The world is filled with a lot of different kinds of people. Every country seems to have its own life lesson to offer. Traveling the world not only teaches someone a lot about people, but it also teaches them a lot about themselves. That’s why world travelers make for good community managers, and know how to:

  • accommodate different cultures and lifestyles within a community
  • quickly overcome surprising obstacles
  • how to break the ice with new people they meet
  • coordination and planning with other people

9. Teachers

Community is all about a group of people coming together to help each other. Teachers do what they do because they want to help others. They want to educate the youth and build them into better individuals. That’s exactly the attitude you want in a community manager. Teachers know how to:

  • speak to an audience
  • make people feel good about themselves
  • encourage people to work together
  • share new ideas and concepts clearly

10. Your turn

What other areas of interest can you find amazing community managers?


Photo cred:  Thomas Hawk via Compfight 

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About the author

David Spinks, CMXSummit and Lifelong student, community builder and writer.

Marg Online
Marg Online

All the people at the above mentioned profession are more great and perform their task more effectively. It is their inner strength and perseverance that makes them to move forward. Hats Off to you all!!


The games industry is chock full of CMs. There have been CMs running communities for video games, back before there was even a title for it. I consider myself a newbie and I've been working in Community since 2007. Many of my mentors have been CMs for 10-15 years. 

Alas, we're not taking seriously in many other industries because well, it's video games. It's a viable industry with some amazing talent. We get to develop relationships like almost no other industry, as we're as invested into our love of games and gaming like our players. Many of us were hired right out of game communities (like me). I actually did a talk on this very subject at the Community Manager Conference in Leipzig, Germany. There are heaps of us out there, and for the most part, we're all quite aware of each other. :) Best networking folks around.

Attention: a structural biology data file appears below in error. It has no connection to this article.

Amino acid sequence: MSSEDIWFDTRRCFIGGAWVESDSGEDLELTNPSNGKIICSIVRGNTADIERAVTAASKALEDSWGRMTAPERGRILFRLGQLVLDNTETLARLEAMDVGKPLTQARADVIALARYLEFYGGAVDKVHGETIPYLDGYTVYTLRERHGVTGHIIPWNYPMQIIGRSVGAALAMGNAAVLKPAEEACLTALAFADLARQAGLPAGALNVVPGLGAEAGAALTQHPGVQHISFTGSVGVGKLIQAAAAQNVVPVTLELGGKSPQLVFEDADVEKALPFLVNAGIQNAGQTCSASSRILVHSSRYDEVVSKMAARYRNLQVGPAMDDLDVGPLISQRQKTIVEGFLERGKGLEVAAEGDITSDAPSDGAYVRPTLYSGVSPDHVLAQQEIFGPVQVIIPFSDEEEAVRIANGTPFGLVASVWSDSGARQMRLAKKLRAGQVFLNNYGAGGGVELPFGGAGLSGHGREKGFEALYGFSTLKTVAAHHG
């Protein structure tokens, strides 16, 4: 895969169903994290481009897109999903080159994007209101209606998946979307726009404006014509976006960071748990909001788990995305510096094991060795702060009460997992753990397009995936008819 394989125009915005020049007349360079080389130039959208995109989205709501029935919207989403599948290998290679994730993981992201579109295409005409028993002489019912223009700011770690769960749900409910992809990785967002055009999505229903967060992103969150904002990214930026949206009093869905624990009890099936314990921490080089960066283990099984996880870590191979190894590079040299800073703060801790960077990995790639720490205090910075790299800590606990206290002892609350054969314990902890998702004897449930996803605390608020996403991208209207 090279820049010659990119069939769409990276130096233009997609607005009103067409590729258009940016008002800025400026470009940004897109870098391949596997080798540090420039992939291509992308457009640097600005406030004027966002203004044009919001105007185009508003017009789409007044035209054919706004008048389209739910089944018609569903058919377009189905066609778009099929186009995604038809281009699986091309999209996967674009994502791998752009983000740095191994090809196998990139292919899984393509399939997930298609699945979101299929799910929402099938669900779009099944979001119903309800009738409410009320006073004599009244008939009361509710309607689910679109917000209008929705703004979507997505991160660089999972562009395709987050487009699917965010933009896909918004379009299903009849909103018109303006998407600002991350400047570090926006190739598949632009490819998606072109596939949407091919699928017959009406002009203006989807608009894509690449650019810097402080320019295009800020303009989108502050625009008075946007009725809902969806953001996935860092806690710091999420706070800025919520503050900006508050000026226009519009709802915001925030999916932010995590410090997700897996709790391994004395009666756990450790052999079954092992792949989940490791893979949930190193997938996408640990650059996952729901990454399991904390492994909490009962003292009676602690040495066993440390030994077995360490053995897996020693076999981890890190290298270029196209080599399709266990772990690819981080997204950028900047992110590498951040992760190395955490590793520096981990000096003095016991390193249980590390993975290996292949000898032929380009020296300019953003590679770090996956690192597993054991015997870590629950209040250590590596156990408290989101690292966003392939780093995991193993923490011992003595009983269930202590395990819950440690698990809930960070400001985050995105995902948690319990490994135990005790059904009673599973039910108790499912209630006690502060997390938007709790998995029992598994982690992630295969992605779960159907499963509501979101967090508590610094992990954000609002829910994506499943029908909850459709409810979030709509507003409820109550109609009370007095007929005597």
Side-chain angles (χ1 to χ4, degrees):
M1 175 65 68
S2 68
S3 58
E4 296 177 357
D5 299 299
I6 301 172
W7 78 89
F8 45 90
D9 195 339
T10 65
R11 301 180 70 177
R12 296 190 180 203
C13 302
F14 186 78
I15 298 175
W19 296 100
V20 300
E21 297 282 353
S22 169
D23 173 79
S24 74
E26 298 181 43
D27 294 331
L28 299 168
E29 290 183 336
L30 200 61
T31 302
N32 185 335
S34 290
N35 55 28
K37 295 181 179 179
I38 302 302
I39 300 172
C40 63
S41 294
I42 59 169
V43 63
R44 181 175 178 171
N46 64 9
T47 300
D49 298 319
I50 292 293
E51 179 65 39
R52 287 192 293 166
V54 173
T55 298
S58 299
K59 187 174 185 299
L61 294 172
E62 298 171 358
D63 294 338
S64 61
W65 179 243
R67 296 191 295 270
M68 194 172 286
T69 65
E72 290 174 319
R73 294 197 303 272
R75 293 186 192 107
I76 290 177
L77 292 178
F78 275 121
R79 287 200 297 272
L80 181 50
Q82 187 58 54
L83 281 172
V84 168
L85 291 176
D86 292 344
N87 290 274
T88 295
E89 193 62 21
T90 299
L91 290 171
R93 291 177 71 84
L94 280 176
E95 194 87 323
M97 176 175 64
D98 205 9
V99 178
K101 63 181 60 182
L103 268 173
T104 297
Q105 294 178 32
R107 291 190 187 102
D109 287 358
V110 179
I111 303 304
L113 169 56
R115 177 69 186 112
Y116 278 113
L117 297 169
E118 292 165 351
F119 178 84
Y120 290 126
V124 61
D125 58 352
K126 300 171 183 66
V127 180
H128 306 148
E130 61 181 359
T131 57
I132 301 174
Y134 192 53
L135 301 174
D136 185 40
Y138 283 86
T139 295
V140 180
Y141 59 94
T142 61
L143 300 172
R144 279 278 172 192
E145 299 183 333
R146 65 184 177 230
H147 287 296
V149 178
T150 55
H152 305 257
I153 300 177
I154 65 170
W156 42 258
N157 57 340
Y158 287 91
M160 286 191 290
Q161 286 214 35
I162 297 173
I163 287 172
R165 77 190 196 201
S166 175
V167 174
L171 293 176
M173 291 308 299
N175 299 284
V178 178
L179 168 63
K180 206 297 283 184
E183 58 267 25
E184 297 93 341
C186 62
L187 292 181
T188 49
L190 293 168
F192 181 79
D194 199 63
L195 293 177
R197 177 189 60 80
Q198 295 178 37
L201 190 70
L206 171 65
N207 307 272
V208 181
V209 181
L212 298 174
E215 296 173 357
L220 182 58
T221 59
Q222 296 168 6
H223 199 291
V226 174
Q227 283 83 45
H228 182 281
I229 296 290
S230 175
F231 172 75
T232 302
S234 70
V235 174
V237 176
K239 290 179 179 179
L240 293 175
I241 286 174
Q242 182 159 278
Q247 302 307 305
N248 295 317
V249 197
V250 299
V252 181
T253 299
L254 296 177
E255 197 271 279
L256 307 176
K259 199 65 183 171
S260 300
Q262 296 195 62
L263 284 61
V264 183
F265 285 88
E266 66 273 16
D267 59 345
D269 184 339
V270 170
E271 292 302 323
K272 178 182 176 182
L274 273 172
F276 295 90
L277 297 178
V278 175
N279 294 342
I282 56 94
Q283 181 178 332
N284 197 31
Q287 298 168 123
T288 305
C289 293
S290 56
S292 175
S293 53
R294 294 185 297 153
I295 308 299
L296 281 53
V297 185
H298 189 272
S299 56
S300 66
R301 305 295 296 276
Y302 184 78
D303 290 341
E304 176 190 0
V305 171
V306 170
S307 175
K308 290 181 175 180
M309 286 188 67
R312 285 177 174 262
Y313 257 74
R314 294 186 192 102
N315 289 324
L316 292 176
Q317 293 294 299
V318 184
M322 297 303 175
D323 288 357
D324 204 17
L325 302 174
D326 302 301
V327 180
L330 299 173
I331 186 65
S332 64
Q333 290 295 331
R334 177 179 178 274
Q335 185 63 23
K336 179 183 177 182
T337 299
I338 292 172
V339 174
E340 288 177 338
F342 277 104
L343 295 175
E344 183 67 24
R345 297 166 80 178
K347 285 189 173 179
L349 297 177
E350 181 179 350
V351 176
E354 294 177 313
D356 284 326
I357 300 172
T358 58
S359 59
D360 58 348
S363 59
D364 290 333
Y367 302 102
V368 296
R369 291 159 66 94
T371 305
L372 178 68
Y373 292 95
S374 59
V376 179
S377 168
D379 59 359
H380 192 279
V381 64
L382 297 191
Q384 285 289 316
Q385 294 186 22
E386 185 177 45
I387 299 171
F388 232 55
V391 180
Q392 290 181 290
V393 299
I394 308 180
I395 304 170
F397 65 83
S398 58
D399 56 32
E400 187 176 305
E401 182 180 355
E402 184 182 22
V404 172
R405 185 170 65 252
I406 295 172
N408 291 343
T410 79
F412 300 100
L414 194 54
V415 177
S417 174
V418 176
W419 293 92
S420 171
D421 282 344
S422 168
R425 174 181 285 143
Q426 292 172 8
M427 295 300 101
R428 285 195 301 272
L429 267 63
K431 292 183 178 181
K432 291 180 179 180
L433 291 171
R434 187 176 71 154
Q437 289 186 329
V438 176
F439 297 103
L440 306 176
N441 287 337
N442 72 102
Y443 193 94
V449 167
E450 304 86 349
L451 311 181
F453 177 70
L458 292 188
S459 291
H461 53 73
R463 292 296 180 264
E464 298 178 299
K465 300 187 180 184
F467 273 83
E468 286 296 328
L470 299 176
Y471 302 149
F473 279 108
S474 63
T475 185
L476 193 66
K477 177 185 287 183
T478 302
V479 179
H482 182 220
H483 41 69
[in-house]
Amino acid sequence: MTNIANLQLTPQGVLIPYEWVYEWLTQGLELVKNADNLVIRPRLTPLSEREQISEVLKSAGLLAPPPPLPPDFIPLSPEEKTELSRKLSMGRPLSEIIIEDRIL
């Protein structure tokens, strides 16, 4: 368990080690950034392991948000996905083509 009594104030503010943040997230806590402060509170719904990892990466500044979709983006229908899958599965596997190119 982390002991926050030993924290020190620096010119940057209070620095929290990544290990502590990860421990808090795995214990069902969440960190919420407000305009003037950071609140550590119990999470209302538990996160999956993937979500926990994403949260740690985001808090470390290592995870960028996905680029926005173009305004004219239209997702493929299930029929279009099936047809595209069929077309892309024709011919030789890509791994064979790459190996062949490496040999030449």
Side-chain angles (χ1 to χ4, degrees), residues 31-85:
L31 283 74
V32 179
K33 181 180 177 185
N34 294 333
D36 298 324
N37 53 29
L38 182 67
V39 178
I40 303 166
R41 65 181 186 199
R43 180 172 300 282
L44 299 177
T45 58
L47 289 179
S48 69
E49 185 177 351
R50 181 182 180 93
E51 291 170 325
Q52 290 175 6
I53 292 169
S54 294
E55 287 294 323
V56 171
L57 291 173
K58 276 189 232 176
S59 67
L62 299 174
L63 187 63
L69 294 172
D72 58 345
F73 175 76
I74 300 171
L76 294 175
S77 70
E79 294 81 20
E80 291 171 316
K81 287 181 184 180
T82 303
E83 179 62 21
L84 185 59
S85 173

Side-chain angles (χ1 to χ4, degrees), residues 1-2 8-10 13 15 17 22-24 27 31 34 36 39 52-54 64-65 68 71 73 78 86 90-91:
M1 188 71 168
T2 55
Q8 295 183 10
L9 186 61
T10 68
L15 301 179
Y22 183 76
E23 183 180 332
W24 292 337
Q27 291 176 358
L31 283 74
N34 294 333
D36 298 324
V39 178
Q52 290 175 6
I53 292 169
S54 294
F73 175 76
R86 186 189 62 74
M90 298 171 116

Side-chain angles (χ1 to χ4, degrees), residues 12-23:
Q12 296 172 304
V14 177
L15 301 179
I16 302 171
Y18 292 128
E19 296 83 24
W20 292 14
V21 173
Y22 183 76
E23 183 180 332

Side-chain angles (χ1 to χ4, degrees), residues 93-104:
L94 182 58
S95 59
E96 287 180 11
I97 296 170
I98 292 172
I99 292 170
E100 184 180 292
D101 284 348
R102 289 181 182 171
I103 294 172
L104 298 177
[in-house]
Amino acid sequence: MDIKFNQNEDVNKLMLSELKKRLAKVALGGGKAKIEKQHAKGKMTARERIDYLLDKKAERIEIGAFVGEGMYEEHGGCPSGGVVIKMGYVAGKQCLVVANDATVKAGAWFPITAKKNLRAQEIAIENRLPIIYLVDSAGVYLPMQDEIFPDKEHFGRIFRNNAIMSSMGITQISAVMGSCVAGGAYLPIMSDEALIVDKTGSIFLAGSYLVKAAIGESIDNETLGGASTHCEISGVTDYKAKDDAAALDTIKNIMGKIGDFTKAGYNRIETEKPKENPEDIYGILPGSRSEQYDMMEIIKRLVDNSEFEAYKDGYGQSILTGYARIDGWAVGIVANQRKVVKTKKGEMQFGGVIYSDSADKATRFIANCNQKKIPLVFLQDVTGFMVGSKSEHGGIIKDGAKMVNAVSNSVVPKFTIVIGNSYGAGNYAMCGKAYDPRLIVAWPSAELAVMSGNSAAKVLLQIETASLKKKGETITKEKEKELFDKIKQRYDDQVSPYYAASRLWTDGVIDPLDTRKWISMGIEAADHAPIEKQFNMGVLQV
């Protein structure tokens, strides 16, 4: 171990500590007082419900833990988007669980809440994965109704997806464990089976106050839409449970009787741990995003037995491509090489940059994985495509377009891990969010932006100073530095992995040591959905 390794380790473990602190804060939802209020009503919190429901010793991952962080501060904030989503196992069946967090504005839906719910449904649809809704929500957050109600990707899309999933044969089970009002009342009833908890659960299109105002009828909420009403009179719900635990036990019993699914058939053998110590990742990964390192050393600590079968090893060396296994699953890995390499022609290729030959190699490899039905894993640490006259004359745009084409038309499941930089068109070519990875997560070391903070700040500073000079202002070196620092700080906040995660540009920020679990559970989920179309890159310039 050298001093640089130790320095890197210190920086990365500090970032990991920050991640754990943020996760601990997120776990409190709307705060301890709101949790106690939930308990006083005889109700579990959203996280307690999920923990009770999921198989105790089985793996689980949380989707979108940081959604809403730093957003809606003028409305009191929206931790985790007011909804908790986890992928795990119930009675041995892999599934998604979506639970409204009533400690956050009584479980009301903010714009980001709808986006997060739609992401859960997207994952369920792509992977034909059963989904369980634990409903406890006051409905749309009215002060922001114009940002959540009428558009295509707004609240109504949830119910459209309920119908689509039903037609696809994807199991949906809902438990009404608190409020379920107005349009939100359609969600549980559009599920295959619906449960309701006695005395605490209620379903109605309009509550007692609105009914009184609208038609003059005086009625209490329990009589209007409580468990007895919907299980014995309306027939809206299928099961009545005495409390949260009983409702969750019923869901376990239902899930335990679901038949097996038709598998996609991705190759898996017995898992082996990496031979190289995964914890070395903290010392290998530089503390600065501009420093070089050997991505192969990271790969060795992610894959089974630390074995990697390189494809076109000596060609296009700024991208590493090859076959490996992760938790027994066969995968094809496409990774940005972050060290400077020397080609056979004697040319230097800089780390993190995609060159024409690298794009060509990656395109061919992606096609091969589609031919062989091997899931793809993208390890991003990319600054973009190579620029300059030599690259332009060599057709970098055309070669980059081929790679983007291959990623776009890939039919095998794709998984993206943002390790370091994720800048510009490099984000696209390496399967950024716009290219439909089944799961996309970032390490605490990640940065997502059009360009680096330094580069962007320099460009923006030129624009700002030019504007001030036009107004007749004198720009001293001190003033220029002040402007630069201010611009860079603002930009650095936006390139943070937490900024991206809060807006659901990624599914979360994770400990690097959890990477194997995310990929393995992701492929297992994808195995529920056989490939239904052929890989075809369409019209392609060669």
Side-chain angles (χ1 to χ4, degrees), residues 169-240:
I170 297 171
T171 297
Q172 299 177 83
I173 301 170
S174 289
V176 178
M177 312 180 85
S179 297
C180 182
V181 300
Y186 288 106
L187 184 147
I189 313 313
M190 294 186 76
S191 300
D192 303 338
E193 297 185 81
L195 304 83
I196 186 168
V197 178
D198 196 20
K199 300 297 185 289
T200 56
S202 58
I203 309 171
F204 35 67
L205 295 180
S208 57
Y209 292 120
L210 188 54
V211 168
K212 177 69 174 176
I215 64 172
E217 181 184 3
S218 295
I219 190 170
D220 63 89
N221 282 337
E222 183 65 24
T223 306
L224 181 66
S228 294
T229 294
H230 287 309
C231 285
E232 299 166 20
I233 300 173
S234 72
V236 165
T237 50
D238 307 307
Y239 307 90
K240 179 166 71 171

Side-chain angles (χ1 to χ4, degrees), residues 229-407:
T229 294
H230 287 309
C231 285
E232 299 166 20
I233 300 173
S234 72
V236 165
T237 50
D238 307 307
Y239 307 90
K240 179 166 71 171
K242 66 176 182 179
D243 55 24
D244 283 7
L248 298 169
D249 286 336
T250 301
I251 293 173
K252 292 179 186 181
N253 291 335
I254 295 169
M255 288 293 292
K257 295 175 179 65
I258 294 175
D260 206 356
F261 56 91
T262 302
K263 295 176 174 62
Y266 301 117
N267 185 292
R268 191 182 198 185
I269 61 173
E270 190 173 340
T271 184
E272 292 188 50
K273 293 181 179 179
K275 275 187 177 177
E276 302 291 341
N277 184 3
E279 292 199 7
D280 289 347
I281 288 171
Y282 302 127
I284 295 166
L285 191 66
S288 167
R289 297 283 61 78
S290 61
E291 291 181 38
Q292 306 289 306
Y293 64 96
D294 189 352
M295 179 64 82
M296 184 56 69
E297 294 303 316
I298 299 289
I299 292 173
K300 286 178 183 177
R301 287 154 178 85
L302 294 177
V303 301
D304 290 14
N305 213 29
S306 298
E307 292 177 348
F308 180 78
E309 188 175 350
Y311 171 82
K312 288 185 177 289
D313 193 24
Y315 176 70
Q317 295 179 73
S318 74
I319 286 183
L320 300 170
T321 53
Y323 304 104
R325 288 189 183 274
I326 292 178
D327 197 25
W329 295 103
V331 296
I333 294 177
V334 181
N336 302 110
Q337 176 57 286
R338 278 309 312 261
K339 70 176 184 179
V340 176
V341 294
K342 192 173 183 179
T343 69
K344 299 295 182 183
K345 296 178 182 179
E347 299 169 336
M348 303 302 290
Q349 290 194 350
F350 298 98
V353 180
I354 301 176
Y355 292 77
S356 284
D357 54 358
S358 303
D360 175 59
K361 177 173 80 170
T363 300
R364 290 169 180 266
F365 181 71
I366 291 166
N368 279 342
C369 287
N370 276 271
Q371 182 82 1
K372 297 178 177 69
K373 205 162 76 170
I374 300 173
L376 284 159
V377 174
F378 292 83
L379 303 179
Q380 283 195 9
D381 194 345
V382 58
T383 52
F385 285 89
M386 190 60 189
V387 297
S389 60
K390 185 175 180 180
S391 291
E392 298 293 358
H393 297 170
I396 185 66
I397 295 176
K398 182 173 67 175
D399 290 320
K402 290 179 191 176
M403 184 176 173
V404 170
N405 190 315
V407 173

Great article! I loved seeing bar tending listed at the top, as I used to be a bartender in college and couldn't agree more it has taught me some valuable lessons carried over into community management.

Carol Voss
Carol Voss

Agree viivanova! How about nonprofits?  Care deeply about their work, customer service oriented, warm, community builders. As long as digitally native or uber users, they could be amazing (if I do say so myself :)


Totally agree with the comment below - non -profit professionals deal with diverse groups of people and have to appropriate different tone and voice with different stakeholders. Also they are great multi-taskers, since non profit jobs usually entail like 5 different jobs in one! 


Community Organizers and people who have worked in non-profit settings, such as social workers or case managers. Community organizers do this type of work, they know how to engage with people of diverse backgrounds, spot out people's/user's strengths and bring them to the forefront to that everyone feels engaged and apart of the larger goals. Community organizers are managing efforts within a specific group of people or specific geographic boundary, which is directly applicable for the virtual world. They are used to having to operate with minimal resources and keeping all parties on the same page. Transparency is a huge part of the job, and having consistent communication for all is imperative. 


I was a criminal defense attorney for 12 years for the city of Philadelphia.  Talk about being used to dealing with unhappy people!